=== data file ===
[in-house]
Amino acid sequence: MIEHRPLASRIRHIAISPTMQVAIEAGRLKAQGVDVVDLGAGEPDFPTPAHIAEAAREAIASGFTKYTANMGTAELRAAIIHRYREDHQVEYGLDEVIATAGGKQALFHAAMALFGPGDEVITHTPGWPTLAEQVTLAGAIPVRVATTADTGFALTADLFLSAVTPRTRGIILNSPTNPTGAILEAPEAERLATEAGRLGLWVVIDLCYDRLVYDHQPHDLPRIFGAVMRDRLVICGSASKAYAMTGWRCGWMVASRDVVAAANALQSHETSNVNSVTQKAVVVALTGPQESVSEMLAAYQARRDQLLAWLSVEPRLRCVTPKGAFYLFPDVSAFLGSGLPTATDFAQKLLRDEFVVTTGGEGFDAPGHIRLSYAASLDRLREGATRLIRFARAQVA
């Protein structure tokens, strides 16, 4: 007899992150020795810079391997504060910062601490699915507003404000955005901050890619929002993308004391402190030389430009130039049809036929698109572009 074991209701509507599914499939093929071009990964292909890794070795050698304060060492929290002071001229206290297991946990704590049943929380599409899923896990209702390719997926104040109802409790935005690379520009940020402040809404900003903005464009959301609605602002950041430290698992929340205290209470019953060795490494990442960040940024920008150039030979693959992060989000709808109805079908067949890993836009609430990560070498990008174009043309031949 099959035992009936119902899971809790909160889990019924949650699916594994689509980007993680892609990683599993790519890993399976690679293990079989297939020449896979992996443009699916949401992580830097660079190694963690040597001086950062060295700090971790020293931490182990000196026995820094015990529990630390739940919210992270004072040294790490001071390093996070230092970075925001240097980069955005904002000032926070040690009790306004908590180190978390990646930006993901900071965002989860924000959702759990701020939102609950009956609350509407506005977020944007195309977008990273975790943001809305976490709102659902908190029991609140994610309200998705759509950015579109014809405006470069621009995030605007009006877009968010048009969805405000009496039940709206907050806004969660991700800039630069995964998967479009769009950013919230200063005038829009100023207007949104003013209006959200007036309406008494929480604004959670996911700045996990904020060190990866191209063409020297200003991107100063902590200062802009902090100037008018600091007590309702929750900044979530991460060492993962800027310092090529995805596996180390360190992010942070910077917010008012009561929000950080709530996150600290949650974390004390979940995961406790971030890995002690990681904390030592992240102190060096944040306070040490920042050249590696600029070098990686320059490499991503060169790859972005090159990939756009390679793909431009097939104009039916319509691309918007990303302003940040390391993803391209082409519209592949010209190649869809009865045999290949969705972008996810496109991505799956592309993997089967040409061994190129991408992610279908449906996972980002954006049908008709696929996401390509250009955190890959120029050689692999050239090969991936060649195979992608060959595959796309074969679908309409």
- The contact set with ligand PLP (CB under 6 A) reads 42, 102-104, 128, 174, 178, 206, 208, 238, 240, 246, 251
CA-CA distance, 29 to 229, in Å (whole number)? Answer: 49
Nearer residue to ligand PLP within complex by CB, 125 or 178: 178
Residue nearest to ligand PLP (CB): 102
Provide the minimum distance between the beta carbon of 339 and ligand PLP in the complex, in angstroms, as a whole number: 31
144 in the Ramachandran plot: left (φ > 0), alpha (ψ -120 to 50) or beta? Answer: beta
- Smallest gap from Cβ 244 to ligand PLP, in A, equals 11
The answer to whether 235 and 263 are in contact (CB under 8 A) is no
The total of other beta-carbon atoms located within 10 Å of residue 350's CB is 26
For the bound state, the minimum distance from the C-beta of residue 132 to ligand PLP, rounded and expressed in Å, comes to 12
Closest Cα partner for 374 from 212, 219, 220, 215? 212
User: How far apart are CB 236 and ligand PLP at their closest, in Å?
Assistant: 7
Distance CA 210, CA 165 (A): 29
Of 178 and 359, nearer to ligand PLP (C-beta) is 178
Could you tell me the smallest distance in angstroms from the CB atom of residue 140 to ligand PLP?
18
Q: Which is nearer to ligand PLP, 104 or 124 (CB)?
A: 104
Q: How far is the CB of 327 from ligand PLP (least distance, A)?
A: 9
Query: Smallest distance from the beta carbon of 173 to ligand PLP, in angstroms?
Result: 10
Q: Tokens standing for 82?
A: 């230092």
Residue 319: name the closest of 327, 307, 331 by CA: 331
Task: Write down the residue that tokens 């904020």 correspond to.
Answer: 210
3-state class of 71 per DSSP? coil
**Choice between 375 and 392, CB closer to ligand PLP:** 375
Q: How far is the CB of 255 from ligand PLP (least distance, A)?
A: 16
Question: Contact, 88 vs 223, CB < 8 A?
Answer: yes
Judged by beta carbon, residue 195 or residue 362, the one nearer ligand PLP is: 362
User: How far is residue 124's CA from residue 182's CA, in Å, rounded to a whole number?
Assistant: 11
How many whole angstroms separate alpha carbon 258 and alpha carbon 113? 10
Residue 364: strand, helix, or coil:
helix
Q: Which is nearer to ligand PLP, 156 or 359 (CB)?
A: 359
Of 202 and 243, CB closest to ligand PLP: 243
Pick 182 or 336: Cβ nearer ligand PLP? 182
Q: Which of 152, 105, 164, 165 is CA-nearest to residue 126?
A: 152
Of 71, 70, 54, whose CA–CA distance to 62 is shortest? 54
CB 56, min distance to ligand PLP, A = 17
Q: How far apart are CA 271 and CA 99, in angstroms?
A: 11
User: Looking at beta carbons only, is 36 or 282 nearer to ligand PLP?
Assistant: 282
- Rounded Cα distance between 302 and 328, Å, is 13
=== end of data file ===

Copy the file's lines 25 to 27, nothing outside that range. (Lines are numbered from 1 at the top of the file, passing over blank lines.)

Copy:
Query: Smallest distance from the beta carbon of 173 to ligand PLP, in angstroms?
Result: 10
Q: Tokens standing for 82?